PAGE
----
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With strong, bipartisan support, Congress in 2009 enacted the Family Smoking Prevention and Tobacco Control Act (Tobacco Control Act), which gave the U.S. Food and Drug Administration the authority to regulate the manufacturing, marketing and sale of tobacco products.

This landmark law ended the special protection from regulation the tobacco industry enjoyed for decades and represents a milestone in protecting America’s children and health from the devastating consequences of tobacco use.


The Tobacco Control Act:

  • Bans candy and fruit-flavored cigarettes that appeal to kids.

  • Cracks down on cigarette marketing and sales to kids by prohibiting sales to anyone under 18, banning free samples and self-service displays, prohibiting brand sponsorships of athletic and musical events, and strengthening enforcement and penalties to prevent sales to kids.

  • Prohibits deceptive cigarette labels like “light” and “low-tar” used by the cigarette companies to promote the falsehood that some cigarette brands are less harmful than others.

  • Requires tobacco companies seeking to market less harmful products to provide scientific support for these claims and show a public health benefit from making them.

  • Requires tobacco companies to disclose to FDA information about their products, including harmful ingredients.

  • Requires premarket review of new tobacco products to prevent introduction of products that are more harmful, addictive or appealing.

  • Allows FDA to order reduction or elimination of harmful ingredients and additives in tobacco products to protect public health.

  • Requires bigger, bolder health warnings, including graphic warnings on cigarettes.


The Tobacco Control Act gave the FDA immediate regulatory authority over cigarettes, cigarette tobacco, smokeless tobacco and roll-your-own tobacco and authorized the agency to extend its jurisdiction to all other tobacco products. In May 2016, the FDA issued a final “deeming rule” extending its authority to other tobacco products, including electronic cigarettes, cigars and hookah.

This rule established a minimum sale age of 18 for those products, with required age verification in face-to-face transactions; required registration and ingredient reporting to provide FDA with information necessary to develop science-based regulations; subjected products already on the market and new products to agency review; provided for premarket review of reduced risk claims for the deemed products; restricted vending machine sales; banned free samples; and required health warnings. This rule is a critical first step toward a comprehensive regulatory structure for e-cigarettes, cigars and other tobacco products.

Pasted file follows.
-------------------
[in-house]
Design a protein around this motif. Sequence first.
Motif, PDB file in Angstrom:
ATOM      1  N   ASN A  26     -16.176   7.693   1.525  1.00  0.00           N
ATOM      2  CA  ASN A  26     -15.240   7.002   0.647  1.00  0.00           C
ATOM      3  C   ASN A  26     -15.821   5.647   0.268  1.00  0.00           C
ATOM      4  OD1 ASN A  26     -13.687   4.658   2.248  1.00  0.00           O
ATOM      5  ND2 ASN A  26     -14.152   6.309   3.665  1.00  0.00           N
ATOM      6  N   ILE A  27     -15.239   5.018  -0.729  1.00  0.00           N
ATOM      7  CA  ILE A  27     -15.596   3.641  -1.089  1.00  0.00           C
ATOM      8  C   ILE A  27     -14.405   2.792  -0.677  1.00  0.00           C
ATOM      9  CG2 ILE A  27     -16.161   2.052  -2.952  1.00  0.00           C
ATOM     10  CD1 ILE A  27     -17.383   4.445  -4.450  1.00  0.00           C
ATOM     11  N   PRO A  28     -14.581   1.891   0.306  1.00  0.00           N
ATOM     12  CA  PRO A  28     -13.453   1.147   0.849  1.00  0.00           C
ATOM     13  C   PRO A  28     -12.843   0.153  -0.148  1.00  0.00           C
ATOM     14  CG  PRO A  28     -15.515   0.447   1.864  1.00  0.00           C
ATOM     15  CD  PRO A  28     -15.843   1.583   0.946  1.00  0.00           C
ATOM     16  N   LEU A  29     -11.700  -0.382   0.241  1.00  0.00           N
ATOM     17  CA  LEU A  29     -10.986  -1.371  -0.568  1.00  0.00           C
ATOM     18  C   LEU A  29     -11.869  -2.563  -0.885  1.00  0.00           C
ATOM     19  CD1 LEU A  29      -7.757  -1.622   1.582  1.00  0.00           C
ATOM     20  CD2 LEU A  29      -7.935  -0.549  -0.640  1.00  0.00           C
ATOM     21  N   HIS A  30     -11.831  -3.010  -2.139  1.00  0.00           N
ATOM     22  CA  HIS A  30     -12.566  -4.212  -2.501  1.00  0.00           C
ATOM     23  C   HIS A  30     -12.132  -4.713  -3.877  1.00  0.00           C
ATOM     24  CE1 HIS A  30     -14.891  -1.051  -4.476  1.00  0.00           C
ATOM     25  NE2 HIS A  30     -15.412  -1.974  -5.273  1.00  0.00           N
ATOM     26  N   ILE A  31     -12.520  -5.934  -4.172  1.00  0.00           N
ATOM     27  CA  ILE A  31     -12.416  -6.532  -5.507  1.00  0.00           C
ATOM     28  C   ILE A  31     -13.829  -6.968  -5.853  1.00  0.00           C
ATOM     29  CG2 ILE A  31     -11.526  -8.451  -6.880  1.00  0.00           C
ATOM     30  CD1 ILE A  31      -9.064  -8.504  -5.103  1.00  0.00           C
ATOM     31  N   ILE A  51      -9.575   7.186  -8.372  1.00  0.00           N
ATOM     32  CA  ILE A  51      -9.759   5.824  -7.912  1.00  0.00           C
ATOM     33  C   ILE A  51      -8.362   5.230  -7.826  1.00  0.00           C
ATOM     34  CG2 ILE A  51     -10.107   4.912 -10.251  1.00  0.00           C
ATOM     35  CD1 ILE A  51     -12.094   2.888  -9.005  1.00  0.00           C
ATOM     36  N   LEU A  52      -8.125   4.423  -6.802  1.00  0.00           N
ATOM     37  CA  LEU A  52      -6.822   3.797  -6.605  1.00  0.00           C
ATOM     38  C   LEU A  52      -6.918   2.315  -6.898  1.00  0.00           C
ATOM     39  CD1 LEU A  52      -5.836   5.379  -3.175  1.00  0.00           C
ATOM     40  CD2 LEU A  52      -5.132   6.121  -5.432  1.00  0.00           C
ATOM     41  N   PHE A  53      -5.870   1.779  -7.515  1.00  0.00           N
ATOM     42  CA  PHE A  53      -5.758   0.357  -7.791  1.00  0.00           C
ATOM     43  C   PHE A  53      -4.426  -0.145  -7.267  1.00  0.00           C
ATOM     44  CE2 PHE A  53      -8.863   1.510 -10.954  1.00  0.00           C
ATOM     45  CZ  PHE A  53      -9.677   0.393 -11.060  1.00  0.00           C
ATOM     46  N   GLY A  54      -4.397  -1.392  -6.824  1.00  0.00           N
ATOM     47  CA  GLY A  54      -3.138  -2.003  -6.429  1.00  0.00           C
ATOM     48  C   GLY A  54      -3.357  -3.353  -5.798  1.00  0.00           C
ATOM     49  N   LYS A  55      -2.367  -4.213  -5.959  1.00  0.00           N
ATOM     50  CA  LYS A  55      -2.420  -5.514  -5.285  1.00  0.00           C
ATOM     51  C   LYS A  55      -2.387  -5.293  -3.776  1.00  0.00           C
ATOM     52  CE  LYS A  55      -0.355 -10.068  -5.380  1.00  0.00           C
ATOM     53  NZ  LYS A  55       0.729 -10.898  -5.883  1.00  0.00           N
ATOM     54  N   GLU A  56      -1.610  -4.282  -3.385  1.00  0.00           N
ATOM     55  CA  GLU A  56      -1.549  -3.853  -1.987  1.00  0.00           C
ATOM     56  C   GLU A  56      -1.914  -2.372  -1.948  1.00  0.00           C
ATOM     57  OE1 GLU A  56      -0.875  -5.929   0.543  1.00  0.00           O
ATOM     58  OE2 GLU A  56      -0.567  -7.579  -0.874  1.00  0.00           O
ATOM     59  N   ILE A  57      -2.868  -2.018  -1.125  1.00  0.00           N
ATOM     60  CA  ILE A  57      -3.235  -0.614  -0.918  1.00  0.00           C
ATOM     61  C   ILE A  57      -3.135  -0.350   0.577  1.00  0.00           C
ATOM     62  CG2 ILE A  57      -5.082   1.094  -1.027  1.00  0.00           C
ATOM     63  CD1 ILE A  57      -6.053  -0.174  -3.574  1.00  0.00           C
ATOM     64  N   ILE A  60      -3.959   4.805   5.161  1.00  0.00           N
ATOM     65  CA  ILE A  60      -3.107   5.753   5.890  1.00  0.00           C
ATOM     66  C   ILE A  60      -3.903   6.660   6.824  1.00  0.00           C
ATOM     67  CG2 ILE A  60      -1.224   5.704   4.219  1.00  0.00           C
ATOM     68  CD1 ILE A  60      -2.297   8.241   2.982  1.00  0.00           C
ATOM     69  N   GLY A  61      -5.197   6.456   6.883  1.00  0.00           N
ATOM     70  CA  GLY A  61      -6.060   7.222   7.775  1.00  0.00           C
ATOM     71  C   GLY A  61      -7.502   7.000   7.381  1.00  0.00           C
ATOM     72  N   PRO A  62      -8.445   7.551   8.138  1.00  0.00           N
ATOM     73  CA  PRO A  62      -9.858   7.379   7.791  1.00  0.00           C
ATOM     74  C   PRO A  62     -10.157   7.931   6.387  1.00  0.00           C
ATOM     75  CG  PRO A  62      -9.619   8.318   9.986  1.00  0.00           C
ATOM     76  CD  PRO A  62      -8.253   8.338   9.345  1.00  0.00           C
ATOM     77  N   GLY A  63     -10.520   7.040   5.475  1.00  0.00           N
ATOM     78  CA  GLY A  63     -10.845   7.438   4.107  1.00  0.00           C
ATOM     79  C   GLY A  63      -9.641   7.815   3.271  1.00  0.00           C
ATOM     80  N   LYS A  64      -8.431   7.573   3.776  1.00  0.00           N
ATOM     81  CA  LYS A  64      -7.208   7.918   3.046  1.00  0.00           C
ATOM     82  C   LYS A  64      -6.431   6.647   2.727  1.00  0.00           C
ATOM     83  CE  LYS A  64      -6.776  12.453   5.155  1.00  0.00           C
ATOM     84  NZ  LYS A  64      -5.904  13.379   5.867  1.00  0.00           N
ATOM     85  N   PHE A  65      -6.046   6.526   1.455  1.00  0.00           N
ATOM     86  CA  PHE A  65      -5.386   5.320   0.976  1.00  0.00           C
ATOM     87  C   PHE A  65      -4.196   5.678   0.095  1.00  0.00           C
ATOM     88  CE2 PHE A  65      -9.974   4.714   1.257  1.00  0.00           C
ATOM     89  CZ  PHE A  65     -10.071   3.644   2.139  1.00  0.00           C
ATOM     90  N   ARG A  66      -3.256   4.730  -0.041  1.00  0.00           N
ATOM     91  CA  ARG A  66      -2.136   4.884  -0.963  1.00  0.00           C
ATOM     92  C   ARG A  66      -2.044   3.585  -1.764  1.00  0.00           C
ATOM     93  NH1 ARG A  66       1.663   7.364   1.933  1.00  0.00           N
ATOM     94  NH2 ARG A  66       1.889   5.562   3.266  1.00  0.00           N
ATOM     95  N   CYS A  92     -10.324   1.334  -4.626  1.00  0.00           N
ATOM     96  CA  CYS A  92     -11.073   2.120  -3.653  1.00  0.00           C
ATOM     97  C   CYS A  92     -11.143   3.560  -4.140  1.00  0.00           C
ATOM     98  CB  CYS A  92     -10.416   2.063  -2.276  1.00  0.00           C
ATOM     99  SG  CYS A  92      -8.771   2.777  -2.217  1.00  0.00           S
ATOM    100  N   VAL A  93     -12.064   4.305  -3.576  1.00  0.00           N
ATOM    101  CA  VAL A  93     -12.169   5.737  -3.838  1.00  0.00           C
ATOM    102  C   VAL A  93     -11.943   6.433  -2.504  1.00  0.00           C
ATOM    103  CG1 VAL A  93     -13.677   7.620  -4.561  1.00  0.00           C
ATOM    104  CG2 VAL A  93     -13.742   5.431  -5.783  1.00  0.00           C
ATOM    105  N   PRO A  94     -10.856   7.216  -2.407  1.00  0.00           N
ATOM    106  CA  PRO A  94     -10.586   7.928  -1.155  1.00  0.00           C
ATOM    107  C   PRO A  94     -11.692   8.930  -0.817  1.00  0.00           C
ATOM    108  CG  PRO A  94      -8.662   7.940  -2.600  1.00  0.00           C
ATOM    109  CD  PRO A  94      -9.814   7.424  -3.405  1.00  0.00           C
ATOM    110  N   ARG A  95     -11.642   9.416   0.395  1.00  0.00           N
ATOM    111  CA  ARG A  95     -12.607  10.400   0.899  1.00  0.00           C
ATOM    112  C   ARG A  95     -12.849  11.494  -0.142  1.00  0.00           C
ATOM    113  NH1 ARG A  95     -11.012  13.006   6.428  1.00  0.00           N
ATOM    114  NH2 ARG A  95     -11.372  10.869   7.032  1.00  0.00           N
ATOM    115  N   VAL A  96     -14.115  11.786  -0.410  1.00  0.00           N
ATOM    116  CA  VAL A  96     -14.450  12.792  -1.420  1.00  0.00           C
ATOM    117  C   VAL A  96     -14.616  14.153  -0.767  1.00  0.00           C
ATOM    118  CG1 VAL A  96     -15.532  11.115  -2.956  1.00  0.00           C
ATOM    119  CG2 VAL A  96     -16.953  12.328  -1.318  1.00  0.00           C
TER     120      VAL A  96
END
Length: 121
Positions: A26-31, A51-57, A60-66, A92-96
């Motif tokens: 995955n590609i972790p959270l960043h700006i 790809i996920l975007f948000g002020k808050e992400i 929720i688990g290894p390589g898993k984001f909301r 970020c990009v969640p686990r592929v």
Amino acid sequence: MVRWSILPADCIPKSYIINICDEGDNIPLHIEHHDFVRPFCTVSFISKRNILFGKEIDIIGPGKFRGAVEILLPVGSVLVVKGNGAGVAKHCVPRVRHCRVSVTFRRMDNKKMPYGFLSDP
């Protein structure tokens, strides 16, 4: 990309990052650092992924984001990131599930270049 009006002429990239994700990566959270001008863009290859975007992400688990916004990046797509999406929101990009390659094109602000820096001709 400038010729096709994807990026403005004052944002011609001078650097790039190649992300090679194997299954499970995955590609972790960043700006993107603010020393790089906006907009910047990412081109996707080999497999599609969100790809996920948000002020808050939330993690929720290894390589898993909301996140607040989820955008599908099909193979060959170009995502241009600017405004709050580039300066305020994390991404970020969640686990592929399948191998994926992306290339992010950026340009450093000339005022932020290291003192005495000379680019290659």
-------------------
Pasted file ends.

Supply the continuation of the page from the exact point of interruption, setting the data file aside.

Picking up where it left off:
In several significant ways, the FDA has not exercised the full scope of its authority to regulate tobacco products.

FDA Should Promptly Issue a New Set of Graphic Health Warnings for Cigarettes

The Tobacco Control Act required FDA to issue a regulation mandating large, graphic health warnings for cigarettes.

In June 2011, FDA unveiled nine graphic warnings, which the law specified must be placed on all cigarette packs and ads in the United States starting in September 2012. However, the cigarette companies successfully challenged the specific proposed warnings as a violation of their First Amendment rights. Following the August 2012 decision of the U.S. Court of Appeals for the D.C. Circuit, which struck down the specific proposed warnings, FDA said it would develop new proposed graphic warnings that could survive constitutional challenge. Years later, FDA still has not issued a new set of graphic health warnings, even though research shows them to be far more effective than text warnings alone.

In October 2016, the Campaign for Tobacco-Free Kids and seven other health organizations filed suit to force the FDA to issue a final rule requiring graphic cigarette warnings, as required by the Tobacco Control Act.

FDA Should Require Tobacco Products to be Less Lethal, Addictive and Appealing

The Tobacco Control Act authorized the FDA to set product standards governing the design and contents of tobacco product s in order to make them less lethal, addictive and appealing. The FDA should exercise this authority in several specific ways:

  • The FDA should require the reduction of nicotine in cigarettes to non-addictive levels in order to prevent kids from becoming addicted and help current smokers quit. FDA Commissioner Scott Gottlieb proposed such a plan in July 2017 and should move quickly to implement it.

  • The FDA should prohibit all flavorings in tobacco products, including in e-cigarettes and cigars, given the evidence that flavors play a key role in youth initiation and continued use of tobacco products. The agency should also ban menthol cigarettes in light of the extensive evidence that menthol cigarettes lead to increased smoking initiation among youth and young adults, greater addiction and decreased success in quitting.

FDA Should Protect Against New Tobacco Products that Are More Hazardous, Addictive and Appealing

Given the tobacco industry’s long history of introducing products that are more toxic, addictive and appealing, the FDA must rigorously review new tobacco products to ensure compliance with the public health standard, including e-cigarette products already on the market when the deeming rule was issued.

Last updated March 15, 2018